In fact _most_ of the genes that encode mitochondrial proteins are now in the nucleus, presumably a result of ancient DNA transfer from the primordial mitochondrial genome to the nuclear genome, so the parent post is substantially correct. The modern mitochondrial genome is pretty vestigial (smaller than that of many viruses). The original article speculates that a Wolbachia bug might one day evolve into an organelle by similar processes, and suggests that the existing insert may have a selective advantage for the host.
  • Re:scifi tag? (Score:4, Informative)

    by catbutt (469582) on Thursday August 30, 2007 @09:08PM (#20419291)
    So the genome of the e. coli in our intestines is part of our genome? I don't think so. Mitochondrial dna, yes, because mitochondria are not considered separate organisms, but e. coli are. Admittedly, the lines can be a bit blurry, but still. One big difference is that mitochondrial dna normally passes from parent (specifically mother) to child and ancestry can be traced with it, but e. coli can move "horizontally" much more readily.
  • Re:scifi tag? (Score:5, Informative)

    by eli pabst (948845) on Thursday August 30, 2007 @09:46PM (#20419603)
    There are mitochondria in both sperm and egg. Offspring generally inherit only the mothers mitochondria, though their have been a few reported cases paternal mitochondria inheritance. I believe the theory is that while they are present in both male and female gametes, the males mitochondria are degraded almost immediately after fertilization.
  • by Tablizer (95088) on Thursday August 30, 2007 @10:04PM (#20419767) Homepage Journal
    This may mean that the idea of the "inheritance tree" needs to be revisited. One speculation for the Cambrian Explosion is that a genetic system evolved that made inter-species gene swapping easier (assisted by microbes and viruses). This could speed up evolution by swapping "good ideas". Species A could steal the eye design of species B, and species B could steal the immune system of species A, etc. But it may make paleontology and fossil evolution interpretation tricky. (As species grew more complicated over time, swapping became more difficult.) Instead of an evo tree in the textbooks, we may start seeing Directed Acyclic Graphs.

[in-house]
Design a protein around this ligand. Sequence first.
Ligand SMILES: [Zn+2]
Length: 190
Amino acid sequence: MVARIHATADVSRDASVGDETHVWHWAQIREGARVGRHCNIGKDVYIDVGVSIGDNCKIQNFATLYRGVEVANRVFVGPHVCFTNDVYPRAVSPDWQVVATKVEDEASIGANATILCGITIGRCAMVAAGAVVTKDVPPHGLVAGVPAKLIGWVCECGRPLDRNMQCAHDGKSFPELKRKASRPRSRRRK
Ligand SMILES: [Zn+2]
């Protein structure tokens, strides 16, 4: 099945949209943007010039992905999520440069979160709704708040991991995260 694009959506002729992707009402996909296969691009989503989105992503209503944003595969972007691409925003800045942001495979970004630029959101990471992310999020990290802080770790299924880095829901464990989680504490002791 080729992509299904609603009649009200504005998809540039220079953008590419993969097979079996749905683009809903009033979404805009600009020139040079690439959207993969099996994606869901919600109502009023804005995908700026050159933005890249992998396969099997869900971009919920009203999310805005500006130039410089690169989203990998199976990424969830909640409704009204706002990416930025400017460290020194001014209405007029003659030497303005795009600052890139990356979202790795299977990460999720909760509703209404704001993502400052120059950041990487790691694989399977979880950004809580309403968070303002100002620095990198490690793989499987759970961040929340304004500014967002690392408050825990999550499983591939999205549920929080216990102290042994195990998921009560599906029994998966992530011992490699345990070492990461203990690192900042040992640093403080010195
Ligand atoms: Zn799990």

• by TheRealMindChild (743925) on Thursday August 30, 2007 @10:15PM (#20419865) Homepage Journal
    Apes... don't have... tails.
  • by glwtta (532858) on Friday August 31, 2007 @01:36AM (#20421123) Homepage
    I think it would be interesting to take a person's stem cell and try to remove all the "junk DNA" from the nucleus

    Uh huh, and how exactly do you propose to do that? (also, doing this on a human seems like a pretty bold move)

    People tend to throw around "junk DNA" without really specifying what they mean. For humans, we know that about 1.5% is coding, about 4% is highly conserved (so, probably very important) and we suspect that a fair amount more is involved in transcription regulation (there's been a lot of activity in that particular area recently), but we have a very faint idea of how much that would be. I saw a talk a few weeks ago where they claimed that nearly all non-coding DNA is involved in this function; that's not a widely held view, though.

    It seems likely that since there are so few actual genes and they are so sensitive to mutation, then a highly redundant and more "flexible" mechanism for transcription regulation is one of the primary mechanisms for evolution.

    So yeah, I am not sure where the popular perception that non-coding DNA is considered to do nothing comes from.

    Oh, and as someone already pointed out, the number of chromosomes a particular organism has is completely meaningless (chickens have 78, some primitive plants have hundreds or even thousands).
  • by Moraelin (679338) on Friday August 31, 2007 @03:43AM (#20421773) Journal

    Hard to imagine that viral DNA is 5% of our genome without having any impact..


    Actually, it's very easy to imagine. Transcribing DNA to proteins happens between a START and a STOP marker. If those markers are lost -- heck, even if just the START marker is lost -- then that piece of code is never "executed". In programming terms, it's commented out.

    And, yeah, your genetic code contains a whole bunch of commented-out sequences. Dunno, I don't have much trouble believing that they have no impact whatsoever :)
  • Re:scifi tag? (Score:2, Informative)

    by Spurion (412996) on Friday August 31, 2007 @10:25AM (#20424315)

    I'm wondering how they get there in the first place
    The same way they get into any other cell. Eggs, like all cells, are produced by cell division. It's not exactly the same process (meiosis rather than mitosis) but many aspects are the same.
  • Re:scifi tag? (Score:4, Informative)

    by eli pabst (948845) on Friday August 31, 2007 @01:09PM (#20426545)
    There is some info on it at the Wikipedia page for mitochondrion:
    http://en.wikipedia.org/wiki/Mitochondrion#Replica tion_and_gene_inheritance [wikipedia.org]
    http://en.wikipedia.org/wiki/Mitochondrial_DNA#Mit ochondrial_inheritance [wikipedia.org]

    I don't know what kind of access you have to scientific journals but this abstract has a pretty good description of sperm mitochondria and how they are degraded via ubiquitinylation (a common degradation pathway)

    http://www.ncbi.nlm.nih.gov/sites/entrez?Db=pubmed &Cmd=ShowDetailView&TermToSearch=12672125 [nih.gov]

    Hope that helps.

Real computer scientists don't comment their code. The identifiers are so long they can't afford the disk space.